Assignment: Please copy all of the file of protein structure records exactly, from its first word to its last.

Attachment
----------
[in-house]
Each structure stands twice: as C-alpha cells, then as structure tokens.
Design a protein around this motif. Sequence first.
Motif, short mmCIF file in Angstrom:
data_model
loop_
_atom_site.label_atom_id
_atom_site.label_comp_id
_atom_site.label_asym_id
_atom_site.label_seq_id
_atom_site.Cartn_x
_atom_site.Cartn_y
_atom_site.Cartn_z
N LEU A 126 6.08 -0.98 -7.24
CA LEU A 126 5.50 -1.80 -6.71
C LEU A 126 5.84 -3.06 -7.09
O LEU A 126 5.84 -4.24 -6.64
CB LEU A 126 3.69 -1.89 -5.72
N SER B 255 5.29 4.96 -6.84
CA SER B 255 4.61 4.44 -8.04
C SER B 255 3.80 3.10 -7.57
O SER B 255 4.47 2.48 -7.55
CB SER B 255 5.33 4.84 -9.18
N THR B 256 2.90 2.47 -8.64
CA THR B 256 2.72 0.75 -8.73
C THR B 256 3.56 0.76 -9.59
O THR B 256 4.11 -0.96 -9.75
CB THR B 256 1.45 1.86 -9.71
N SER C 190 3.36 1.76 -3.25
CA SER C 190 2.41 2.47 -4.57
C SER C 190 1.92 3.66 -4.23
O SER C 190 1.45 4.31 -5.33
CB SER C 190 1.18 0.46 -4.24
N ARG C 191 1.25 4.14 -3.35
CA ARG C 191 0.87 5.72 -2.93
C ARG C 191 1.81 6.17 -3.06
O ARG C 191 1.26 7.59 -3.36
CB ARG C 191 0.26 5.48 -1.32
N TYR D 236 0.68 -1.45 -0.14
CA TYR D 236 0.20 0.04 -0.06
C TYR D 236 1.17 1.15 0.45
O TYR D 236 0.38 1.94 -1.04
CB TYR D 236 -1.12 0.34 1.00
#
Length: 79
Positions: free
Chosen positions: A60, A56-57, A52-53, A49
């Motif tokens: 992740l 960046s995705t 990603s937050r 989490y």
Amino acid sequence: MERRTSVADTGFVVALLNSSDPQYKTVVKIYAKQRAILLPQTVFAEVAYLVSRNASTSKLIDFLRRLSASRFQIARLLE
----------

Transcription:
[in-house]
Each structure stands twice: as C-alpha cells, then as structure tokens.
Design a protein around this motif. Sequence first.
Motif, short mmCIF file in Angstrom:
data_model
loop_
_atom_site.label_atom_id
_atom_site.label_comp_id
_atom_site.label_asym_id
_atom_site.label_seq_id
_atom_site.Cartn_x
_atom_site.Cartn_y
_atom_site.Cartn_z
N LEU A 126 6.08 -0.98 -7.24
CA LEU A 126 5.50 -1.80 -6.71
C LEU A 126 5.84 -3.06 -7.09
O LEU A 126 5.84 -4.24 -6.64
CB LEU A 126 3.69 -1.89 -5.72
N SER B 255 5.29 4.96 -6.84
CA SER B 255 4.61 4.44 -8.04
C SER B 255 3.80 3.10 -7.57
O SER B 255 4.47 2.48 -7.55
CB SER B 255 5.33 4.84 -9.18
N THR B 256 2.90 2.47 -8.64
CA THR B 256 2.72 0.75 -8.73
C THR B 256 3.56 0.76 -9.59
O THR B 256 4.11 -0.96 -9.75
CB THR B 256 1.45 1.86 -9.71
N SER C 190 3.36 1.76 -3.25
CA SER C 190 2.41 2.47 -4.57
C SER C 190 1.92 3.66 -4.23
O SER C 190 1.45 4.31 -5.33
CB SER C 190 1.18 0.46 -4.24
N ARG C 191 1.25 4.14 -3.35
CA ARG C 191 0.87 5.72 -2.93
C ARG C 191 1.81 6.17 -3.06
O ARG C 191 1.26 7.59 -3.36
CB ARG C 191 0.26 5.48 -1.32
N TYR D 236 0.68 -1.45 -0.14
CA TYR D 236 0.20 0.04 -0.06
C TYR D 236 1.17 1.15 0.45
O TYR D 236 0.38 1.94 -1.04
CB TYR D 236 -1.12 0.34 1.00
#
Length: 79
Positions: free
Chosen positions: A60, A56-57, A52-53, A49
């Motif tokens: 992740l 960046s995705t 990603s937050r 989490y």
Amino acid sequence: MERRTSVADTGFVVALLNSSDPQYKTVVKIYAKQRAILLPQTVFAEVAYLVSRNASTSKLIDFLRRLSASRFQIARLLE